More movie news and stuff

Cannes is in full swing and there’s plenty other stuff going on besides — way too much to cover completely. So, consider this just me hitting a very few of the highlights of the film world right this moment.

* The critical wars are going full strength at Cannes with the biggest love-it/hate-it proposition appearing to be Alejandro González Iñárritu’s “Biutiful.” I haven’t seen the film, of course, but Iñárritu is most definitely my least favorite of “the three amigos” of Mexican/Spanish/U.S. cinema. (The other two being Alfonso Cuarón and Guillermo del Toro) and not only because his name is the most impossible to type. I mostly liked “Amores Perros” but his “21 Grams” and “Babel” struck me as exercises in touchy-feely realism that was a lot less real than it seemed to fancy itself.

biutiful-inniratu

Still, he’s working with different writers now and everyone seems to agree that the always great Javier Bardem is especially fine in it, so I suppose I should keep an open mind. Still, reading about the film, it’s hard not to side with the anti-faction when much of the commentary echoes my feelings about past films and when the pro-side is being taken by Jeffrey Welles, who really doesn’t seem to respond well when other people don’t love his favorite films. It’s a conspiracy, I tells ya!

In any case, David Hudson does his usual amazing job summarizing the critical reaction from a wide swath of the press; John Horn at the L.A. Times focuses on the reactions of big name critics.

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RIP Henry Gibson

I was going to cover some of the usual folderol I cover here today, but, sadly, we have another passing to note with the death at 73 of Henry Gibson from cancer.

Gibson — whose stage name derives from an early character he did with roommate Jon Voight — was a personal favorite of mine. Not a large man, he was the kind of actor who might have one or two scenes in a movie, but was pretty much guaranteed to bring something detailed and memorable to his usually hilarious scenes; a relatively recent case in point was his great turn as the befuddled shocked clergyman towards the end of “Wedding Crashers.” He’s also familar to fans of “Boston Legal” as one of the show’s recurring judges.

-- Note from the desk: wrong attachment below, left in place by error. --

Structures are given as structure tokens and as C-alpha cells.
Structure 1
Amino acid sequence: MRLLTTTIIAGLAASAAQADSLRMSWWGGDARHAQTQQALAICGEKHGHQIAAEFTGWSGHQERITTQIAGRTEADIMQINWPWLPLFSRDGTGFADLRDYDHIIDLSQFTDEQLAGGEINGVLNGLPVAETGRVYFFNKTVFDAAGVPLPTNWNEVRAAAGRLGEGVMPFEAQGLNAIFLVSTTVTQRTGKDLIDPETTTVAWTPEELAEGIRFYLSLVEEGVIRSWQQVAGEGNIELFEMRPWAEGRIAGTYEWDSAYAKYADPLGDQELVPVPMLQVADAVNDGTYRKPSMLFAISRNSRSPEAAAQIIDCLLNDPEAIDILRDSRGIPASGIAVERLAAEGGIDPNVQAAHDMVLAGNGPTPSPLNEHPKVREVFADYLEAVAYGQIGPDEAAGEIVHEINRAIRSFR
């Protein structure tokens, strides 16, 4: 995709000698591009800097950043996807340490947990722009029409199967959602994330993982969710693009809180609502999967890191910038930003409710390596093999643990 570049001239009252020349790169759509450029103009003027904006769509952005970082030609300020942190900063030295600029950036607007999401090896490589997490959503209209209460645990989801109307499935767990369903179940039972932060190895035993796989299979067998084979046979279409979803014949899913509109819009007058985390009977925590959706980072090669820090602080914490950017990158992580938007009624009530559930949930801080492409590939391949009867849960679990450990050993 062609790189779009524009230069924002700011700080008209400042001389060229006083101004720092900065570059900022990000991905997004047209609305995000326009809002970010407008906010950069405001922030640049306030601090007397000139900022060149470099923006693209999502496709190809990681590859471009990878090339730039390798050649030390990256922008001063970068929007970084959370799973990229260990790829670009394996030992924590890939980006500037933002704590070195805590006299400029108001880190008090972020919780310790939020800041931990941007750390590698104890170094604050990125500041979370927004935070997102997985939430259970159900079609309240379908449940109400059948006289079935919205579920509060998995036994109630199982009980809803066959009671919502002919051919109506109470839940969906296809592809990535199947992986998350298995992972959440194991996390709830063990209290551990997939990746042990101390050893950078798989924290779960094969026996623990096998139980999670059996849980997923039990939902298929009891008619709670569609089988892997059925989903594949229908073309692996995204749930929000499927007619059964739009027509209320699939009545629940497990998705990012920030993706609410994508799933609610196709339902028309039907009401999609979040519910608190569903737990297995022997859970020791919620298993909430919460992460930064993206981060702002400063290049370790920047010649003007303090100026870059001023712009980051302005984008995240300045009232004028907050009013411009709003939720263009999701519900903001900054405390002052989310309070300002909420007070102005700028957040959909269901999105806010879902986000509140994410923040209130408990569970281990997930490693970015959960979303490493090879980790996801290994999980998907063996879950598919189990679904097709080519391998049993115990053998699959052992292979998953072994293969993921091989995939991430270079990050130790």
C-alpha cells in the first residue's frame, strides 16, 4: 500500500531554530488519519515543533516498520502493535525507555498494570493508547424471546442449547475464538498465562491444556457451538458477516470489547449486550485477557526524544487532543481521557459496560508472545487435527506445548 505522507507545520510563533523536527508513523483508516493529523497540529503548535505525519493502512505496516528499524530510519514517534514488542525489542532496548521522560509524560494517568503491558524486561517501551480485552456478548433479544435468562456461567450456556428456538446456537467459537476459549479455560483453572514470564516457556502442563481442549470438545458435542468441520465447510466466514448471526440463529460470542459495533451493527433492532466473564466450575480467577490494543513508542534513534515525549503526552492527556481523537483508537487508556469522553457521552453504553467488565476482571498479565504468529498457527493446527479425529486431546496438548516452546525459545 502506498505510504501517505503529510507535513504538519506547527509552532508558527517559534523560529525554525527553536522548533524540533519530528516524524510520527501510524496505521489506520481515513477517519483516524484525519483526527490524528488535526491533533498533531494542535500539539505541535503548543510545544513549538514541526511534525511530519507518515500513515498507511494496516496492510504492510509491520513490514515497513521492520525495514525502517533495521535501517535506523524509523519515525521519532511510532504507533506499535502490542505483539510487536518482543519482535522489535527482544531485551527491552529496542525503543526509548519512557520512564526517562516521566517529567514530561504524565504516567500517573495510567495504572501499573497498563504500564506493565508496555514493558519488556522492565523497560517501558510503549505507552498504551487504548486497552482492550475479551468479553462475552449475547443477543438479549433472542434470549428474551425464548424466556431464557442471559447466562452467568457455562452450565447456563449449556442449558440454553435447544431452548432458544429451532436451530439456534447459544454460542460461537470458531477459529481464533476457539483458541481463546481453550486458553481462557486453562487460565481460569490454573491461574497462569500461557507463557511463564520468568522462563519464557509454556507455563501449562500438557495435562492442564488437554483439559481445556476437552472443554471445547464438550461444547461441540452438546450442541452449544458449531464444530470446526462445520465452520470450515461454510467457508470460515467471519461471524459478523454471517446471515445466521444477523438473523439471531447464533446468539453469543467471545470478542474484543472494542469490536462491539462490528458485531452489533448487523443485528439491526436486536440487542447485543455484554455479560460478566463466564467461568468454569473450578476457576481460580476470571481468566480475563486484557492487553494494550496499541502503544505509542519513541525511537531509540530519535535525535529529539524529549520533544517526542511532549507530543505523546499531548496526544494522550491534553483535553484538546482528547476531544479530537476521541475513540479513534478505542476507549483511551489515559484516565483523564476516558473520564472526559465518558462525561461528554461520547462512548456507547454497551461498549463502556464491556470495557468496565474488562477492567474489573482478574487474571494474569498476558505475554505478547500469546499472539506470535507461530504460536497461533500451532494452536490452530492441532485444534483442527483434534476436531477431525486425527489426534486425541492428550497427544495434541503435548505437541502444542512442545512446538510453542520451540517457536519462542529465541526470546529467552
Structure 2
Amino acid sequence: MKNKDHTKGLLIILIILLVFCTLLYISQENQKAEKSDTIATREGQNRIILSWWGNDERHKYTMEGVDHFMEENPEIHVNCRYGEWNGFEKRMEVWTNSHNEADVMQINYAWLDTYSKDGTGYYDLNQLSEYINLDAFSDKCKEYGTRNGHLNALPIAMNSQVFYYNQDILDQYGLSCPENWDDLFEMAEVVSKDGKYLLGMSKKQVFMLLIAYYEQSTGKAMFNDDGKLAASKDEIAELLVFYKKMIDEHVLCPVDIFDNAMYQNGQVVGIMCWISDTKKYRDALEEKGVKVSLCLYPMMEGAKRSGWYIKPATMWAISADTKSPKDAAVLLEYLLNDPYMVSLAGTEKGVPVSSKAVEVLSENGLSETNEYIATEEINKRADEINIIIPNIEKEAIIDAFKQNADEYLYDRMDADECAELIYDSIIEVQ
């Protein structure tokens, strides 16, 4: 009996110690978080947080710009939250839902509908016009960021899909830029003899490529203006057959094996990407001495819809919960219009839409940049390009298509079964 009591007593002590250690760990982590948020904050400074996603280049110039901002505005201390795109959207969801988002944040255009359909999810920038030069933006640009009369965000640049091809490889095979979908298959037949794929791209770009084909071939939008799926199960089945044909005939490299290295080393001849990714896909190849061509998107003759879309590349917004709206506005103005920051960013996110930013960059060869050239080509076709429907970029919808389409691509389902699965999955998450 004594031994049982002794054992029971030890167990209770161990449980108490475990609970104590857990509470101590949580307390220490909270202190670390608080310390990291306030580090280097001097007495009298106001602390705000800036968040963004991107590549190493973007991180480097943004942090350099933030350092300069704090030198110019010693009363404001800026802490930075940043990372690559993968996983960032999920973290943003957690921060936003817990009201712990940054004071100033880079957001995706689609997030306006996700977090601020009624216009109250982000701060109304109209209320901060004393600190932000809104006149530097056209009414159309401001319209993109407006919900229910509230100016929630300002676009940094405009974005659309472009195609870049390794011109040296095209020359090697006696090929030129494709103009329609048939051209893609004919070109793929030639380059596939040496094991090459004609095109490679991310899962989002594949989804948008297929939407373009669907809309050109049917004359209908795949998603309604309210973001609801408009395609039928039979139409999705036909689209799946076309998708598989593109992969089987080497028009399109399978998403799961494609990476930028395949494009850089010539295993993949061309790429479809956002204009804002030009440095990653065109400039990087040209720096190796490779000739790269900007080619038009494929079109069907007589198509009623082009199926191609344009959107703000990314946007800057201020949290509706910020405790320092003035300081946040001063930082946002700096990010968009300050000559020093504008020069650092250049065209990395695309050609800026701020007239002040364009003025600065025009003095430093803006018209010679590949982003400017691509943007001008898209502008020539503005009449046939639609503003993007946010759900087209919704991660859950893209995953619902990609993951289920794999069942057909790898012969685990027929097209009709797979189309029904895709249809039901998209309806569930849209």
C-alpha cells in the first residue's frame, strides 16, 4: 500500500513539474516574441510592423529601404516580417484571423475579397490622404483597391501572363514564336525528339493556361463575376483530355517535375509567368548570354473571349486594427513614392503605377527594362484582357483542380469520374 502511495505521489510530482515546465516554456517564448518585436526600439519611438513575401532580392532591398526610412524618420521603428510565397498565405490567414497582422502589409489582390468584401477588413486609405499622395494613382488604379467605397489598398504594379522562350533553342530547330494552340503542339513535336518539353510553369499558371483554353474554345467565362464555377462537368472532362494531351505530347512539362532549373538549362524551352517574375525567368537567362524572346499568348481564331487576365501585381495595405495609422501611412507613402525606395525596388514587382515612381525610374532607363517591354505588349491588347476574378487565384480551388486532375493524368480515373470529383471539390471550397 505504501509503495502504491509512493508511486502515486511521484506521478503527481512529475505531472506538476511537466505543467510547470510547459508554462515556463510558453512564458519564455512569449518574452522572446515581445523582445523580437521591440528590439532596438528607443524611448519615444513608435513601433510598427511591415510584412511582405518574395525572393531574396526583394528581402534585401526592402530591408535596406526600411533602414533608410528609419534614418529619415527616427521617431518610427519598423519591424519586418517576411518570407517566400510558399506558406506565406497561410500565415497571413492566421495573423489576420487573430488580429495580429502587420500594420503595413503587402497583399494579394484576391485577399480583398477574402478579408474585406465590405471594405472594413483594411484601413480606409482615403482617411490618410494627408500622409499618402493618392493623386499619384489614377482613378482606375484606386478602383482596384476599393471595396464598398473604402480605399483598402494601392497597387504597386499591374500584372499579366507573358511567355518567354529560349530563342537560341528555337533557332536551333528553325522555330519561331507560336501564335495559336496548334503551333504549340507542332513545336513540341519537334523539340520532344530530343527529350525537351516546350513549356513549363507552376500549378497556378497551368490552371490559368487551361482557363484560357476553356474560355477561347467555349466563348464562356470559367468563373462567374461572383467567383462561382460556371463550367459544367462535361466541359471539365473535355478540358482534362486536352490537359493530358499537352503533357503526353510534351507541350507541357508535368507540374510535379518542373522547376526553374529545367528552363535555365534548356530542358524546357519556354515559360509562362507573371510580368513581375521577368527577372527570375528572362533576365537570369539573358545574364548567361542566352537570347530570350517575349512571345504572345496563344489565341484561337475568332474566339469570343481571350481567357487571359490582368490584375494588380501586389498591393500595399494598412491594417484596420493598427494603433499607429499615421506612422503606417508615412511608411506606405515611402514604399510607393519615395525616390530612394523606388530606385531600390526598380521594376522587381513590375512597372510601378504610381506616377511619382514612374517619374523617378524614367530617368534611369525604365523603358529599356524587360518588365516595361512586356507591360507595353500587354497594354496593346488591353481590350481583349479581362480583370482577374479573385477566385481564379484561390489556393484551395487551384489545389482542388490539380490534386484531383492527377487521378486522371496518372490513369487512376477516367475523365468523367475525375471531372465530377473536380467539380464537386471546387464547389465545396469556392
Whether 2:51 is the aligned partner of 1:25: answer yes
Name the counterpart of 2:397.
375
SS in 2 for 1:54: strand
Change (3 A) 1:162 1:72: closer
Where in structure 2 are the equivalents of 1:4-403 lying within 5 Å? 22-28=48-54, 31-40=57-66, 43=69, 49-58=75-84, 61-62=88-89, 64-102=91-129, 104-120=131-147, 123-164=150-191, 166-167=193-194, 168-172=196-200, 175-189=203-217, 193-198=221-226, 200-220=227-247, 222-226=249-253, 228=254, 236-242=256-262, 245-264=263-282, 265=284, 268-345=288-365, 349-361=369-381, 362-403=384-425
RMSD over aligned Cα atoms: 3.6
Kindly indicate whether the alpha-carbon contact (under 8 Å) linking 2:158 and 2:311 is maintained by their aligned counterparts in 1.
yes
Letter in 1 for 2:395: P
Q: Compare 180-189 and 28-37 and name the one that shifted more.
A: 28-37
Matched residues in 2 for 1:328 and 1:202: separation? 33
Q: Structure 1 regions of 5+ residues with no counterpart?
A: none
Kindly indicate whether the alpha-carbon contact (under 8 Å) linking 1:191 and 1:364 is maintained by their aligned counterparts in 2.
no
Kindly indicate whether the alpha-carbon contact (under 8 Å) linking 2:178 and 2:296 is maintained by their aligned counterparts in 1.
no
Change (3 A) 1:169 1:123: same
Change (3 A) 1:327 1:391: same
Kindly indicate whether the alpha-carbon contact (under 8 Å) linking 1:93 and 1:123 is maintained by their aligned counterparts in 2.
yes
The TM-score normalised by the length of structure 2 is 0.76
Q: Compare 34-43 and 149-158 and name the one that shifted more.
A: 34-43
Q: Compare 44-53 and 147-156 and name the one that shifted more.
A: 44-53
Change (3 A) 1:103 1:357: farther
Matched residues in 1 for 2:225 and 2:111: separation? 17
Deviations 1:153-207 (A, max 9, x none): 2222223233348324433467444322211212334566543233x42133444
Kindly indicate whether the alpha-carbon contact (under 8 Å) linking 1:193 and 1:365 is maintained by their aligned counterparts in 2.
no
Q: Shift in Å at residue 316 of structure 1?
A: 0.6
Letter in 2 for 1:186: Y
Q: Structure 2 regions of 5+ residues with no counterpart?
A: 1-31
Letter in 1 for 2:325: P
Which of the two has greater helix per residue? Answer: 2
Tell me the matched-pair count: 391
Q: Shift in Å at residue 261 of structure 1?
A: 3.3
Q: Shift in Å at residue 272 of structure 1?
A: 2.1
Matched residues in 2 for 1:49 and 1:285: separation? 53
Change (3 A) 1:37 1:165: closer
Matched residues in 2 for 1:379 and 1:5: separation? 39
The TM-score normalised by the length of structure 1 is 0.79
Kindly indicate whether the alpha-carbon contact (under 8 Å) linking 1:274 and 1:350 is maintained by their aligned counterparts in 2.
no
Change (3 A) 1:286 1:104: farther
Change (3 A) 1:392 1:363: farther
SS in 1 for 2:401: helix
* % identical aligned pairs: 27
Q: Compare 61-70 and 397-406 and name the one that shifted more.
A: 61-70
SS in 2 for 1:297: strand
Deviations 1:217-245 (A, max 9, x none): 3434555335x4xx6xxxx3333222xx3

With his eccentric but unassuming air, he gained his greatest fame as a cast member on “Rowan & Martin’s Laugh-In,” a faster paced, but more shtick-laden late sixties/early seventies forerunner of SNL. His signature bit involved him reciting absurd, vaguely counter-cultural, poetry in his ultra deadpan style while holding a giant flower and bowing with exaggerated politeness at the end. (He was famously spoofed on the show by John Wayne, who brought his own unique socio-political sensibilities to his verse.)

Numerous movie and TV roles followed, including probably the closest Henry Gibson ever got to a leading film role, cast brilliantly against type as a controlling and hypocritical country music patriarch in Robert Altman’s masterpiece, “Nashville.” Later, he’d play out-and-out villains, but usually in more comical contexts. Fans of eighties comedies have a special affection for his commanding role as the patriarch of a very strange family who loom in Tom Hanks‘s fevered imagination in Joe Dante’s comedy horror homage, “The ‘Burbs.” He was also the head neo-Nazi in “The Blues Brothers.”

All in all, the loss of Gibson at the relatively young age of 73 is a sad one and hit me personally a bit harder than expected. I’ve loved Gibson’s work since childhood and, whether he was playing a Napoleonic villain or a gentle preacher totally out of his depth, there was an abiding soulful quality to his work that made him all the more funny. Truly original performers like him are few and far between.

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My friend, Zayne, has a very nice remembrance of Mr. Gibson at More a Legend than a Blog, and Edward Copeland shares my appreciation of his work as country music legend Haven Hamilton.

There’s less of him than I’d like on YouTube, but I did find a few fine moments of Gibson, which you can check out after the flip.

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